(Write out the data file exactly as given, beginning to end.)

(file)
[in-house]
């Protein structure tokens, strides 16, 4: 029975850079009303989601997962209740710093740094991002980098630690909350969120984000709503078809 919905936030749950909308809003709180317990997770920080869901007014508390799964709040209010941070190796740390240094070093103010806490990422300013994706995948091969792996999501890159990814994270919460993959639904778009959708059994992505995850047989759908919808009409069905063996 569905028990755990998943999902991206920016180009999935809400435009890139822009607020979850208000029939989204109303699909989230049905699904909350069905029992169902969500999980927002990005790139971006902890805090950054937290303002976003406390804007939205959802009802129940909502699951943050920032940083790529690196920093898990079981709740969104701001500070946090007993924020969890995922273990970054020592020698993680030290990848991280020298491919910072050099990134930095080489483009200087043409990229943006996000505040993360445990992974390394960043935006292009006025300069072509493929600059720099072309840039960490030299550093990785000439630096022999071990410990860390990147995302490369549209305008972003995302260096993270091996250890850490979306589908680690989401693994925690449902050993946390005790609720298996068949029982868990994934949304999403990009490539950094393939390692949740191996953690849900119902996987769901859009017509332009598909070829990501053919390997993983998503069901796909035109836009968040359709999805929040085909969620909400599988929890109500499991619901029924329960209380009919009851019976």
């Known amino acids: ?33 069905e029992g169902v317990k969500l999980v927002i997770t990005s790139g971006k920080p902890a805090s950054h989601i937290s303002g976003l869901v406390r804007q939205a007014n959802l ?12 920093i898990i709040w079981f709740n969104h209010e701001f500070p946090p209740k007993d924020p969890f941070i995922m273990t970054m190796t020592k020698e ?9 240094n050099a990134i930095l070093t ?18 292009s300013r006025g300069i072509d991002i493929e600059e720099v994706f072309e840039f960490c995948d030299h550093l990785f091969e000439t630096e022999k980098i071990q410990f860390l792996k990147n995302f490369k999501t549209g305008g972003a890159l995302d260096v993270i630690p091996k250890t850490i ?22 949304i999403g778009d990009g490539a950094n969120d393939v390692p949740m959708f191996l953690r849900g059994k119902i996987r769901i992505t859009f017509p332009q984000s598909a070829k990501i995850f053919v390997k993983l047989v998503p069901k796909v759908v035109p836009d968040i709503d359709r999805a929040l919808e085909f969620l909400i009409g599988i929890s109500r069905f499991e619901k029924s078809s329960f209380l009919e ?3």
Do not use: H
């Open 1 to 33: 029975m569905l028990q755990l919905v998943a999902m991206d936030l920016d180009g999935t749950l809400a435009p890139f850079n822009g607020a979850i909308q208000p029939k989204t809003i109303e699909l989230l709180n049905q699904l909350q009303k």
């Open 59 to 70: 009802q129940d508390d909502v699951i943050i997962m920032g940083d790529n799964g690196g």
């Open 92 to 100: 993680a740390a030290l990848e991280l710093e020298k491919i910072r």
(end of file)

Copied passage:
[in-house]
């Protein structure tokens, strides 16, 4: 029975850079009303989601997962209740710093740094991002980098630690909350969120984000709503078809 919905936030749950909308809003709180317990997770920080869901007014508390799964709040209010941070190796740390240094070093103010806490990422300013994706995948091969792996999501890159990814994270919460993959639904778009959708059994992505995850047989759908919808009409069905063996 569905028990755990998943999902991206920016180009999935809400435009890139822009607020979850208000029939989204109303699909989230049905699904909350069905029992169902969500999980927002990005790139971006902890805090950054937290303002976003406390804007939205959802009802129940909502699951943050920032940083790529690196920093898990079981709740969104701001500070946090007993924020969890995922273990970054020592020698993680030290990848991280020298491919910072050099990134930095080489483009200087043409990229943006996000505040993360445990992974390394960043935006292009006025300069072509493929600059720099072309840039960490030299550093990785000439630096022999071990410990860390990147995302490369549209305008972003995302260096993270091996250890850490979306589908680690989401693994925690449902050993946390005790609720298996068949029982868990994934949304999403990009490539950094393939390692949740191996953690849900119902996987769901859009017509332009598909070829990501053919390997993983998503069901796909035109836009968040359709999805929040085909969620909400599988929890109500499991619901029924329960209380009919009851019976």
């Known amino acids: ?33 069905e029992g169902v317990k969500l999980v927002i997770t990005s790139g971006k920080p902890a805090s950054h989601i937290s303002g976003l869901v406390r804007q939205a007014n959802l ?12 920093i898990i709040w079981f709740n969104h209010e701001f500070p946090p209740k007993d924020p969890f941070i995922m273990t970054m190796t020592k020698e ?9 240094n050099a990134i930095l070093t ?18 292009s300013r006025g300069i072509d991002i493929e600059e720099v994706f072309e840039f960490c995948d030299h550093l990785f091969e000439t630096e022999k980098i071990q410990f860390l792996k990147n995302f490369k999501t549209g305008g972003a890159l995302d260096v993270i630690p091996k250890t850490i ?22 949304i999403g778009d990009g490539a950094n969120d393939v390692p949740m959708f191996l953690r849900g059994k119902i996987r769901i992505t859009f017509p332009q984000s598909a070829k990501i995850f053919v390997k993983l047989v998503p069901k796909v759908v035109p836009d968040i709503d359709r999805a929040l919808e085909f969620l909400i009409g599988i929890s109500r069905f499991e619901k029924s078809s329960f209380l009919e ?3």
Do not use: H
């Open 1 to 33: 029975m569905l028990q755990l919905v998943a999902m991206d936030l920016d180009g999935t749950l809400a435009p890139f850079n822009g607020a979850i909308q208000p029939k989204t809003i109303e699909l989230l709180n049905q699904l909350q009303k």
């Open 59 to 70: 009802q129940d508390d909502v699951i943050i997962m920032g940083d790529n799964g690196g």
């Open 92 to 100: 993680a740390a030290l990848e991280l710093e020298k491919i910072r």